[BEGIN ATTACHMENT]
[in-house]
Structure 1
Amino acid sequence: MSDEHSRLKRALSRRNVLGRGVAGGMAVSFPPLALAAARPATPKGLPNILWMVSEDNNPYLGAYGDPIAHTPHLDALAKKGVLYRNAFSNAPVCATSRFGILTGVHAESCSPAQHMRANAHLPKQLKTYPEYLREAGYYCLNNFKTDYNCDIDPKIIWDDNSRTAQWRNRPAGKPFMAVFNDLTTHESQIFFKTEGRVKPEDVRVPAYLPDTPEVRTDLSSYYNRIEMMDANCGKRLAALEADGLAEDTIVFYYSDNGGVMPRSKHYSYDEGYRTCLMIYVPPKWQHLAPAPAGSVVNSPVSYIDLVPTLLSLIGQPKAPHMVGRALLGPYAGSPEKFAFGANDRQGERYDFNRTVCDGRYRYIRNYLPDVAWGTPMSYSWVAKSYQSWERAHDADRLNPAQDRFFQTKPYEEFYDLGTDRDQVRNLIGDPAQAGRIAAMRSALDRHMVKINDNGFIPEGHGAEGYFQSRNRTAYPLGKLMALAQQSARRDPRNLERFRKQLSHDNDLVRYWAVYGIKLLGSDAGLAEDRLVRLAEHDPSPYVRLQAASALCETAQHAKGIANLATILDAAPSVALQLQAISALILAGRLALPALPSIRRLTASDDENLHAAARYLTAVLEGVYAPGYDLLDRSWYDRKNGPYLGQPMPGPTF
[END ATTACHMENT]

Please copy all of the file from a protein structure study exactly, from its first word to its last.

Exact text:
[in-house]
Structure 1
Amino acid sequence: MSDEHSRLKRALSRRNVLGRGVAGGMAVSFPPLALAAARPATPKGLPNILWMVSEDNNPYLGAYGDPIAHTPHLDALAKKGVLYRNAFSNAPVCATSRFGILTGVHAESCSPAQHMRANAHLPKQLKTYPEYLREAGYYCLNNFKTDYNCDIDPKIIWDDNSRTAQWRNRPAGKPFMAVFNDLTTHESQIFFKTEGRVKPEDVRVPAYLPDTPEVRTDLSSYYNRIEMMDANCGKRLAALEADGLAEDTIVFYYSDNGGVMPRSKHYSYDEGYRTCLMIYVPPKWQHLAPAPAGSVVNSPVSYIDLVPTLLSLIGQPKAPHMVGRALLGPYAGSPEKFAFGANDRQGERYDFNRTVCDGRYRYIRNYLPDVAWGTPMSYSWVAKSYQSWERAHDADRLNPAQDRFFQTKPYEEFYDLGTDRDQVRNLIGDPAQAGRIAAMRSALDRHMVKINDNGFIPEGHGAEGYFQSRNRTAYPLGKLMALAQQSARRDPRNLERFRKQLSHDNDLVRYWAVYGIKLLGSDAGLAEDRLVRLAEHDPSPYVRLQAASALCETAQHAKGIANLATILDAAPSVALQLQAISALILAGRLALPALPSIRRLTASDDENLHAAARYLTAVLEGVYAPGYDLLDRSWYDRKNGPYLGQPMPGPTF